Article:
Wednesday, June 08, 2011

Zipp Firecrest 404s are the new 808s

(Courtesy of www.slowtwitch.com)

At the end of the 3rd stage of the 2007 Tour de France, Fabian Cancellara famously attacked the field from 1km out and managed to hold off a charging swarm of sprinters to win the stage. On that day he was riding a Cervelo Soloist shod with Zipp model 808 wheels. Afterwards, he excitedly told Zipp's Chief Engineer Josh Poertner "808 is the new 404 for me!" Jens Voigt had been riding Zipp's 808 wheels in flat stages and seeing this, Cancellara had decided to try them as well. As he related to Poertner later, "I just felt like when I went, I knew I was riding a TT bike compared to what these other guys were on." Obviously, the potential of aerodynamics (especially of the wheels) to have a decisive effect in a bike race was not lost on Mr. Cancellara.

Let's fast forward to 2010-2011. In May of 2010, Zipp announced a reworking of their 404 wheels with a completely new shape for that wheel's depth of 58mm. These wheels appear to turn Spartacus' 2007 quote on it's head. In many ways these new wheels equal or outperform the 808s that Fabian rode to victory in 2007. Now then, I'm no Fabian Cancellara (I'd be lucky if I'm equivalent to just ONE of his legs), however, after recently riding a set of the new Zipp Firecrest 404 carbon clincher wheels and digging through the data produced by Zipp and comparing it to my own observations, I'm beginning to think that a new quote is appropriate: "Firecrest 404 is the new 808!"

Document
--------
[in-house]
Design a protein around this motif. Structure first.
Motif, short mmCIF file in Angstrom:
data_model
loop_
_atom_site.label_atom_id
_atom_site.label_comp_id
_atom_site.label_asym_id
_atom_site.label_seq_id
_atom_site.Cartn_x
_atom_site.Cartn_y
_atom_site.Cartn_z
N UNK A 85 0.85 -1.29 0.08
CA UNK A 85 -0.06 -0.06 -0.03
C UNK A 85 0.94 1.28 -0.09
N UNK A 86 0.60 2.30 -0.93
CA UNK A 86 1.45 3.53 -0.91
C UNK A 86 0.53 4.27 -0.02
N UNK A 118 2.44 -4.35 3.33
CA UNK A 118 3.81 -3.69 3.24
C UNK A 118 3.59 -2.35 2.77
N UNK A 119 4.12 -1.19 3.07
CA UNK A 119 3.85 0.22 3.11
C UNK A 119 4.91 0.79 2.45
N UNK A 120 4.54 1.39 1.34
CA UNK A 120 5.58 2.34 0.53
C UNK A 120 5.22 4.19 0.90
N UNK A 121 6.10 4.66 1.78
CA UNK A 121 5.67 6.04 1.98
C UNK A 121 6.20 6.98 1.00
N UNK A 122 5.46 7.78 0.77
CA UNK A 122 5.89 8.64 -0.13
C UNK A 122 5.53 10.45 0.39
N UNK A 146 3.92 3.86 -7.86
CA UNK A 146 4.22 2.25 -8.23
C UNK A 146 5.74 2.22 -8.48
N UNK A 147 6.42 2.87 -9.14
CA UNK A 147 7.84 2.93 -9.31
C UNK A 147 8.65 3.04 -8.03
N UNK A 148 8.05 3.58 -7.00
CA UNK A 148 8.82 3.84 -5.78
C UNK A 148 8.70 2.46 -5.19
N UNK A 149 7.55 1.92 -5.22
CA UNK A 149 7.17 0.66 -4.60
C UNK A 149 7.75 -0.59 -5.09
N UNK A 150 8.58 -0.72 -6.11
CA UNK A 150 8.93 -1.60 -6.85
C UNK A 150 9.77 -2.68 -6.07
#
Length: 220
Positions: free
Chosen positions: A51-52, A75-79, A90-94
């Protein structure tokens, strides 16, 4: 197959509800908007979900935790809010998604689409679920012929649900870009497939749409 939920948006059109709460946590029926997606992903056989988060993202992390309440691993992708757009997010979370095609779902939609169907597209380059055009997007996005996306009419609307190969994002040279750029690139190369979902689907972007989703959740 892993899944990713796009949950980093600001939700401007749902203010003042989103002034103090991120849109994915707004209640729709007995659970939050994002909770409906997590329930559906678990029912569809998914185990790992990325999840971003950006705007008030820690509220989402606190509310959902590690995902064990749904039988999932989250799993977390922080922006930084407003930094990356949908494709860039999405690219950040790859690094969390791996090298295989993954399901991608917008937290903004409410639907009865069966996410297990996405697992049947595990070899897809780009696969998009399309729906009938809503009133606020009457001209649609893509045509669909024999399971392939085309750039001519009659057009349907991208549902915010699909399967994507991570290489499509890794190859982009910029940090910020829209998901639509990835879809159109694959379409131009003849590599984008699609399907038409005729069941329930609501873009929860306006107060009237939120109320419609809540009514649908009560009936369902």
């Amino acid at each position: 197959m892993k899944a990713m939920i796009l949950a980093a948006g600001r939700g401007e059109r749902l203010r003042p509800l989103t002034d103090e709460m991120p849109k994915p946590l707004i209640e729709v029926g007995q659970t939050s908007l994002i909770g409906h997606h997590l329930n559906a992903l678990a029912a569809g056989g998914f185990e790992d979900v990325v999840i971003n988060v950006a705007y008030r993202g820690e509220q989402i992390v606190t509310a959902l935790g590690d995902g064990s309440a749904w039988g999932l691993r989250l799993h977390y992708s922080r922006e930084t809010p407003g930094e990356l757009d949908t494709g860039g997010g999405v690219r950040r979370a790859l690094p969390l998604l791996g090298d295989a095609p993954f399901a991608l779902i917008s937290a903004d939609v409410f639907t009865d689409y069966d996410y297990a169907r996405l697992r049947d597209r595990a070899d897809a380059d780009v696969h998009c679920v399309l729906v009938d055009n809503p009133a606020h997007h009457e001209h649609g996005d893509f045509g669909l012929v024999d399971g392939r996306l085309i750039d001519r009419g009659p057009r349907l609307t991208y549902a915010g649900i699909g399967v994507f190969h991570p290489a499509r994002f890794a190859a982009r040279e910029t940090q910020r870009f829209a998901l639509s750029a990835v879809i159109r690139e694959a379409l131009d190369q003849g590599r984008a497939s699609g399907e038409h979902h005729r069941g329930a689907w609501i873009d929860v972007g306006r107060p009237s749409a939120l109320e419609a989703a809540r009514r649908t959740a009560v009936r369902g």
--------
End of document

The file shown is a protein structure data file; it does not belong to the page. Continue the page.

Firecrest Shape Development

During the development of the Firecrest 404 wheels, Zipp engineers decided to take a slightly different approach than has typically been used in thinking about and designing the rim shape. In the past, they general approach has been to think about the tire as the leading edge of an aerodynamic foil and then designing the rim shape with that as the foremost assumption. Doing so works fairly well, but the trade-off in that decision is that this shape may not work particularly well in the rear part of the wheel, where the shape is "reversed" to the air flow. In other words, the approach was to design for the front half of the wheel to be as good as possible, and then the rear "is what it is". In some cases, the rim designers don't even go to that extent, and this is evidenced by the "V" shaped rims still being produced. Those shapes aren't even particularly good for the front half of the wheel.

With their previous generation of rim shapes (what they called "hybrid toroidal"), the Zipp engineers had done a fairly good job of coming up with a shape that works really well on the front half of the wheel across a wide range of yaws, and is also relatively insensitive to tire width. Even so, this shape, when "reversed" on the trailing half of the wheel, didn't perform anywhere near as well as it did on the leading half of the wheel. So, the new thought process used in designing the Firecrest wheels was to see if tweaks could be made to the rim shape to get the rear half of the wheel to perform closer to the front half of the wheel, without adversely affecting the front half performance. This sounds like a great engineering challenge. Accomplishing this task would eek just a bit more performance out of the wheels, especially in a cross-wind situation.